Potentilla fruticosa

Bush Cinquefoil




  • native to the Northern Hemisphere
  • hardy to zone 2; does not perform well in warmer climates (zone 7 and higher)

Habit and Form

  • a small, deciduous shrub
  • dense shrub with numerous upright branches
  • rounded habit
  • 1' to 4' tall with an equal or greater spread
  • fine texture
  • slow growth rate

Summer Foliage

  • alternate leaf arrangement
  • compound, pinnate leaves
  • leaflets are elliptic and linear
  • 3 to 7 leaflets per leaf
  • medium blue-green to dark green leaf color
  • plant leafs out in early Spring
  • leaves are about 1" long

Autumn Foliage

  • fall color is yellow-brown
  • not ornamentally important


  • yellow, buttercup flowers
  • blooms from June until the first frost
  • about 1" to 1.5" in diameter


  • dry, brown achene
  • not showy
  • persist through winter


  • not ornamentally important
  • peeling bark


  • easy to grow
  • easily transplanted
  • soil adaptable
  • does well in extremely cold temperatures
  • full sun is best
  • to keep dense round habit, remove canes during winter or cut to ground

Landscape Use

  • shrub borders
  • foundation plant
  • facer plant
  • for flowers
  • mass plantings


  • somewhat difficult plant to keep looking tidy
  • few pest problems
  • spider mites
  • does not like warm night temperatures

ID Features

  • alternate leaf arrangement
  • pinnately compound leaves with 3 to 7 leaflets
  • yellow buttercup flowers June until frost
  • persistent achene


  • by cuttings
  • by seed
  • by tissue culture


Literally dozens of cultivars have been selected, mostly for variations in flower color. Presented below are abbreviated descriptions of a representative sampling of the most common forms.

'Abbotswood' - Considered one of the best, this low 3' form is disease-free and bears white blooms over a long period. 'Abbotswood Silver' is similar, but bears leaves variegated with white margins. 'McKay's White' is an alternative with creamy-white blooms that only grows 2.5" tall.

'Absaraka' (Dakota Goldrush®) and 'Fargo' (Dakota Sunspot®) - These two selections come out of North Dakota and feature larger yellow flowers that are produced over a long period on dwarf, compact rounded 3' plants.

'Coronation Triumph' - This 4' mounded form begins blooming early in the season and continues for a very long period with yellow blooms.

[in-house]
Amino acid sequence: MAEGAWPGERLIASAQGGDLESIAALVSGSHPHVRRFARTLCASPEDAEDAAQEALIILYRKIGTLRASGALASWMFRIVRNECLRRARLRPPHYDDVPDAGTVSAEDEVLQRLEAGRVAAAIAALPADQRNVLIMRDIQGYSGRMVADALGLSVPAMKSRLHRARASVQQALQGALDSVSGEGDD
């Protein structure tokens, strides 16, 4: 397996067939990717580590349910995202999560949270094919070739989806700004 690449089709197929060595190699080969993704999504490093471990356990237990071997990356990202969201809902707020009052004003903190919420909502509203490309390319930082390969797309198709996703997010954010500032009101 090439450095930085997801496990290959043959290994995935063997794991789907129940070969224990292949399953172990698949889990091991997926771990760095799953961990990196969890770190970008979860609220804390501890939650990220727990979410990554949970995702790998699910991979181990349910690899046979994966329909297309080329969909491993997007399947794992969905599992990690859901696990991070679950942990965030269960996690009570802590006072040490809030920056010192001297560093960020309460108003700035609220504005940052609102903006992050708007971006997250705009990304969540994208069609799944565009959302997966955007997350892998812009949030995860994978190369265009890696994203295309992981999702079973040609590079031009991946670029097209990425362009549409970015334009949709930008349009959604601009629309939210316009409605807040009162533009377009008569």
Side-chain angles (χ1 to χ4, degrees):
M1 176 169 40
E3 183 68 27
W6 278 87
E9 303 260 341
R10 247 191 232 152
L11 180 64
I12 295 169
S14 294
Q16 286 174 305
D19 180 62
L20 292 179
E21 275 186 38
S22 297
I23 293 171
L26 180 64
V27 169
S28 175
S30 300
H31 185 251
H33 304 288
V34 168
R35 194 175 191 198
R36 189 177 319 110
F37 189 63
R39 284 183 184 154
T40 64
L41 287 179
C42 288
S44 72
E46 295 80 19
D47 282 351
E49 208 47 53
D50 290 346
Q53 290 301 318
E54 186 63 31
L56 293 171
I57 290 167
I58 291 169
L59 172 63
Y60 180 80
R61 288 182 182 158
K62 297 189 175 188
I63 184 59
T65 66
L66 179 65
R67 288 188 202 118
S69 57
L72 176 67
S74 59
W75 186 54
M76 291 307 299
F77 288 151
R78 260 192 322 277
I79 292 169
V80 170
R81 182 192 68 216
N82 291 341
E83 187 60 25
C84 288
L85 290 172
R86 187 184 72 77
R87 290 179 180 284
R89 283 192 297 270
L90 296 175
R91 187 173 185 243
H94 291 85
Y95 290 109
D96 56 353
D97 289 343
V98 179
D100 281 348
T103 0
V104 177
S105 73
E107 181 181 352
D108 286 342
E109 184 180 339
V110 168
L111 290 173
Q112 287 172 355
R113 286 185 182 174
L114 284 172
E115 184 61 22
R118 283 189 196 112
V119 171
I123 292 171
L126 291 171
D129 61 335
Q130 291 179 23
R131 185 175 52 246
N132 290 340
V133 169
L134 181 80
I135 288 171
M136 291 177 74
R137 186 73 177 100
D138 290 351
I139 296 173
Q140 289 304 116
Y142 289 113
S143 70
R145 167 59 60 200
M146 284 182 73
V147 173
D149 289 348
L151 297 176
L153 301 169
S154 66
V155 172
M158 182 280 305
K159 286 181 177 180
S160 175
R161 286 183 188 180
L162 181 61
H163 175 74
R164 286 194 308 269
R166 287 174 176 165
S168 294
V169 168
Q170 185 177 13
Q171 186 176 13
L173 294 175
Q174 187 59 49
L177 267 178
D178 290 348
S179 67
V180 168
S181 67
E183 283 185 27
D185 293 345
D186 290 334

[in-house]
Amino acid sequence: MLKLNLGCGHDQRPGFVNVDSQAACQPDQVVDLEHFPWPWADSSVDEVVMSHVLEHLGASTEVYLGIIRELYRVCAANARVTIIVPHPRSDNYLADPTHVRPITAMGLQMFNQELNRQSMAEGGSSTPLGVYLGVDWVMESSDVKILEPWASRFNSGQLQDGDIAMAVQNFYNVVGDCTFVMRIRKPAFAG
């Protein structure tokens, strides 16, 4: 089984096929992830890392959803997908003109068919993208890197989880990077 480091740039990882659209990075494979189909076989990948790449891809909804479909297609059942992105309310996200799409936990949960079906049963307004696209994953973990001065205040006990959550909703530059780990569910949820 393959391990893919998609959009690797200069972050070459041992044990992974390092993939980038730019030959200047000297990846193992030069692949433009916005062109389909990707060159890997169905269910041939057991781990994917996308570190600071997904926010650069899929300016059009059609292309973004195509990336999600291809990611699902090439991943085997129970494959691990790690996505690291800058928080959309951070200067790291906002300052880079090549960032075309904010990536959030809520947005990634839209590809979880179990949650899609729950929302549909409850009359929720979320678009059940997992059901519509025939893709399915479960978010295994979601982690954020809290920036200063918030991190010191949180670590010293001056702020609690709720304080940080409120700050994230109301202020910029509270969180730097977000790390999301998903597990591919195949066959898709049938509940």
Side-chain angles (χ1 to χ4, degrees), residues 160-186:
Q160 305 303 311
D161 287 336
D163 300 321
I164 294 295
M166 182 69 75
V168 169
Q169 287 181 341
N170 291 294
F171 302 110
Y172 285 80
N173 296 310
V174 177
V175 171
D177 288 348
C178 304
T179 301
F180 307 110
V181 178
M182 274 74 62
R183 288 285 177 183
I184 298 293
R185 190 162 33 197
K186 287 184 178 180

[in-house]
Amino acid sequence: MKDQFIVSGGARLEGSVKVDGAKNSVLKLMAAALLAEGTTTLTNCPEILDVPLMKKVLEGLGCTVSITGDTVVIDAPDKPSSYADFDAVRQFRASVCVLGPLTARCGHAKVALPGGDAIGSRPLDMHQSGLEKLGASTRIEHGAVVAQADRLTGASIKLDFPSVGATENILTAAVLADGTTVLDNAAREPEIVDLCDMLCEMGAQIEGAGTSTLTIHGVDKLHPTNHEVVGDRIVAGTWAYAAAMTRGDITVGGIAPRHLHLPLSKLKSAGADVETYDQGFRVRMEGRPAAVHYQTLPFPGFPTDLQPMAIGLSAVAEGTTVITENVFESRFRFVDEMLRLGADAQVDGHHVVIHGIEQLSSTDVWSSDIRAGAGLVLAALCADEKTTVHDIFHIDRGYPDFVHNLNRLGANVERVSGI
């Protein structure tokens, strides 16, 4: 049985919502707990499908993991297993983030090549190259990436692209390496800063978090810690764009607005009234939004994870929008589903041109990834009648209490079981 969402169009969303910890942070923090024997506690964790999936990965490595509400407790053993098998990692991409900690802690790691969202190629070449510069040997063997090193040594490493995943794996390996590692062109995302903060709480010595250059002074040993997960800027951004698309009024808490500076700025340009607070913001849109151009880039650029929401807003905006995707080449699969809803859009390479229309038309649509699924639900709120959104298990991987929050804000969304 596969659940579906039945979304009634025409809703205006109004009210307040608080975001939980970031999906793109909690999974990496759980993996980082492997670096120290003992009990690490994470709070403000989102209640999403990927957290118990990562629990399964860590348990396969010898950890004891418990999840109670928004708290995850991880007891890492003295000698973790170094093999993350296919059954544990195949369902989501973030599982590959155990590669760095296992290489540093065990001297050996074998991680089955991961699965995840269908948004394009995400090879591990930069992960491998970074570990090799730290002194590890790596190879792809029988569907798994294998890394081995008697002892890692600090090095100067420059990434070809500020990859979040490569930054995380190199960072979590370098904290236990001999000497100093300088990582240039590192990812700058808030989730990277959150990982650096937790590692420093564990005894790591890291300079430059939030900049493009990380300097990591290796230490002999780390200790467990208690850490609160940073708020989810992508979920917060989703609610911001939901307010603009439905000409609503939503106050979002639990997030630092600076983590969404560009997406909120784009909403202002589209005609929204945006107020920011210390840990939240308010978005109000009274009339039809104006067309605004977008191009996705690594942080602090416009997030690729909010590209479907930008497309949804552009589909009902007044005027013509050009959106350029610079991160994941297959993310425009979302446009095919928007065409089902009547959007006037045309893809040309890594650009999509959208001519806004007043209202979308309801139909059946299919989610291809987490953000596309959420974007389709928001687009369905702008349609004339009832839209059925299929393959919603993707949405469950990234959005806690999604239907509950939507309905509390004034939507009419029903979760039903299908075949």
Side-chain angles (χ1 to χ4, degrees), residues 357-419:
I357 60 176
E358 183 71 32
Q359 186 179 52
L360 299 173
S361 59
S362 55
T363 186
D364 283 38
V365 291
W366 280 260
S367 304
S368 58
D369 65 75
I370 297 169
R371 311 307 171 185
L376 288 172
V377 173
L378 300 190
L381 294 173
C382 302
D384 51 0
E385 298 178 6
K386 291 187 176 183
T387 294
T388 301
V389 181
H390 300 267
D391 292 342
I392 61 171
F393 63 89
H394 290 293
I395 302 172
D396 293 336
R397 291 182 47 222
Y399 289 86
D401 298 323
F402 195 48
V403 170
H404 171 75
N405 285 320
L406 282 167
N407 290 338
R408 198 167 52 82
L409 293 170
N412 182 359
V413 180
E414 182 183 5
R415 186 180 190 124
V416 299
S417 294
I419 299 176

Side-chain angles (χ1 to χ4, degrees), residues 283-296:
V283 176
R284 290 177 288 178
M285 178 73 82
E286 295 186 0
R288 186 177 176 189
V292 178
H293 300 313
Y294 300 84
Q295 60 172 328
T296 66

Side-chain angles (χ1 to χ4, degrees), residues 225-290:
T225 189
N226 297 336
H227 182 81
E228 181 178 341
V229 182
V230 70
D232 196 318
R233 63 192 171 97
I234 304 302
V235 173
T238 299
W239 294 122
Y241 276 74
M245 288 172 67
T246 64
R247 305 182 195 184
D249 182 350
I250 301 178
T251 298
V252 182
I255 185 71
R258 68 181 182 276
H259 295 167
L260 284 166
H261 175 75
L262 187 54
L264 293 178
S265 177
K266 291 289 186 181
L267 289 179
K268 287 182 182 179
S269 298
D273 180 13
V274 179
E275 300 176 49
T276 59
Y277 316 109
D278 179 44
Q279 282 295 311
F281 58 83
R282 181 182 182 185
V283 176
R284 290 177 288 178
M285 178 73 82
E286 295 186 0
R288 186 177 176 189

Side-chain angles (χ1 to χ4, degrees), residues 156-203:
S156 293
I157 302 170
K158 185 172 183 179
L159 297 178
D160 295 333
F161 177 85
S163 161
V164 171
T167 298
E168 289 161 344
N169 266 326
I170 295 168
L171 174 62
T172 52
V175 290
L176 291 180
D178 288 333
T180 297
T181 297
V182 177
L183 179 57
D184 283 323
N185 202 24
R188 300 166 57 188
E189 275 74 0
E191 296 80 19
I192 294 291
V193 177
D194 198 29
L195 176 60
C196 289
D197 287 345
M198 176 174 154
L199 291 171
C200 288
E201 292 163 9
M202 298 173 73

'Gold Drop' (also known as 'Farreri') - A classic cultivar that is still considered one of the best, this rounded 3' plant bears profuse yellow blooms all season.

'Goldfinger' - Common in the trade, this 3' mound bears large 1.5" yellow blooms over an extended period.

'Jackmannii' - A larger rounded selection, this classic form displays large deep yellow flowers all summer.

'Katherine Dykes' - An old selection, this form has a 2'-3' spreading-arching habit studded with light yellow blooms all summer.

'Longacre' and 'Yellow Gem' - Useful for their low, spreading groundcover habits, these two selections bear yellow blooms all season. 'Yellow Gem' has the added bonus of reddish young twigs and gray-green foliage.

'Pink Beauty' - A breakthough in this species, this plant bears clear pink blooms on a 2' rounded plant. In climates with warm summer nights, the flower color may not hold as well. 'Pink Pearl' and 'Pink Whisper' are two other pink-flowered forms, though the blooms may fade to yellow in warm climates.

'Primrose Beauty' - Producing light yellow blooms from late spring to frost, this 3' spreading plant is also notable for its silvery-gray foliage.

'Snowbird' - One of the few double-flowered cultivars available, this 3' upright form also has good lustrous foliage. The white double blooms may not show extra petals until the plant is established.

'Sunset' - Depending on exposure and climate, this newer 16" tall spreading form bears yellow blooms suffused with orange-reddish hues.

'Tangerine' - A color breakthough, this selection bears yellow flowers flushed with orange-copper. It is a mounded-spreading plant that grows to 2' tall and wider.

© Copyright Mark H. Brand, 1997-2015.

The digital materials (images and text) available from the UConn Plant Database are protected by copyright. Public use via the Internet for non-profit and educational purposes is permitted. Use of the materials for profit is prohibited.

Citation and Acknowledgements: University of Connecticut Plant Database, http://hort.uconn.edu/plants, Mark H. Brand, Department of Plant Science and Landscape Architecture, Storrs, CT 06269-4067 USA.